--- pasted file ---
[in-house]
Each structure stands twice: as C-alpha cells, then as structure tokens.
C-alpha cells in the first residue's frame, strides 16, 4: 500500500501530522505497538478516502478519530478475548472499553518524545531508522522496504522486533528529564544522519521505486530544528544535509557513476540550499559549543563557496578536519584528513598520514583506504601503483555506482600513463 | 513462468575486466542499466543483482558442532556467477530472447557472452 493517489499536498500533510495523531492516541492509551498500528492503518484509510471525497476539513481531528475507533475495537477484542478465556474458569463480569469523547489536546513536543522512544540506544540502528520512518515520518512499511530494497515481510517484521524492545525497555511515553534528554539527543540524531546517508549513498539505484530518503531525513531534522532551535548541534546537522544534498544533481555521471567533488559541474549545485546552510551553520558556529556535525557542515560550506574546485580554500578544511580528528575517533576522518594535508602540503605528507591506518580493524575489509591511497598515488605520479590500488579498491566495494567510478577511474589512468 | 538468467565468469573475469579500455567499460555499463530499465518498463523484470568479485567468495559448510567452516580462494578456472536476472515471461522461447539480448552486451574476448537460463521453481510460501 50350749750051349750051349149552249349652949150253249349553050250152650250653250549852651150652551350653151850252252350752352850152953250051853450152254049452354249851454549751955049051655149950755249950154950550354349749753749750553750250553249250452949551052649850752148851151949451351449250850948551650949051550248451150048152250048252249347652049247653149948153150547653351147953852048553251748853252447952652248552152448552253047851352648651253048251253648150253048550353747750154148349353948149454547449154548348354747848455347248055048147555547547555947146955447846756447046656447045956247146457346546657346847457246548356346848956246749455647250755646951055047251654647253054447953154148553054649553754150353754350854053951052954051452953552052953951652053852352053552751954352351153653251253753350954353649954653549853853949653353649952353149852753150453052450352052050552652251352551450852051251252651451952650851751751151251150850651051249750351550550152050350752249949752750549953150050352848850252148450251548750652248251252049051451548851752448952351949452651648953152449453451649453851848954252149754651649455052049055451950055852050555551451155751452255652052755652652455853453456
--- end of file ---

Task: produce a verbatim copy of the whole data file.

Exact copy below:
[in-house]
Each structure stands twice: as C-alpha cells, then as structure tokens.
C-alpha cells in the first residue's frame, strides 16, 4: 500500500501530522505497538478516502478519530478475548472499553518524545531508522522496504522486533528529564544522519521505486530544528544535509557513476540550499559549543563557496578536519584528513598520514583506504601503483555506482600513463 | 513462468575486466542499466543483482558442532556467477530472447557472452 493517489499536498500533510495523531492516541492509551498500528492503518484509510471525497476539513481531528475507533475495537477484542478465556474458569463480569469523547489536546513536543522512544540506544540502528520512518515520518512499511530494497515481510517484521524492545525497555511515553534528554539527543540524531546517508549513498539505484530518503531525513531534522532551535548541534546537522544534498544533481555521471567533488559541474549545485546552510551553520558556529556535525557542515560550506574546485580554500578544511580528528575517533576522518594535508602540503605528507591506518580493524575489509591511497598515488605520479590500488579498491566495494567510478577511474589512468 | 538468467565468469573475469579500455567499460555499463530499465518498463523484470568479485567468495559448510567452516580462494578456472536476472515471461522461447539480448552486451574476448537460463521453481510460501 50350749750051349750051349149552249349652949150253249349553050250152650250653250549852651150652551350653151850252252350752352850152953250051853450152254049452354249851454549751955049051655149950755249950154950550354349749753749750553750250553249250452949551052649850752148851151949451351449250850948551650949051550248451150048152250048252249347652049247653149948153150547653351147953852048553251748853252447952652248552152448552253047851352648651253048251253648150253048550353747750154148349353948149454547449154548348354747848455347248055048147555547547555947146955447846756447046656447045956247146457346546657346847457246548356346848956246749455647250755646951055047251654647253054447953154148553054649553754150353754350854053951052954051452953552052953951652053852352053552751954352351153653251253753350954353649954653549853853949653353649952353149852753150453052450352052050552652251352551450852051251252651451952650851751751151251150850651051249750351550550152050350752249949752750549953150050352848850252148450251548750652248251252049051451548851752448952351949452651648953152449453451649453851848954252149754651649455052049055451950055852050555551451155751452255652052755652652455853453456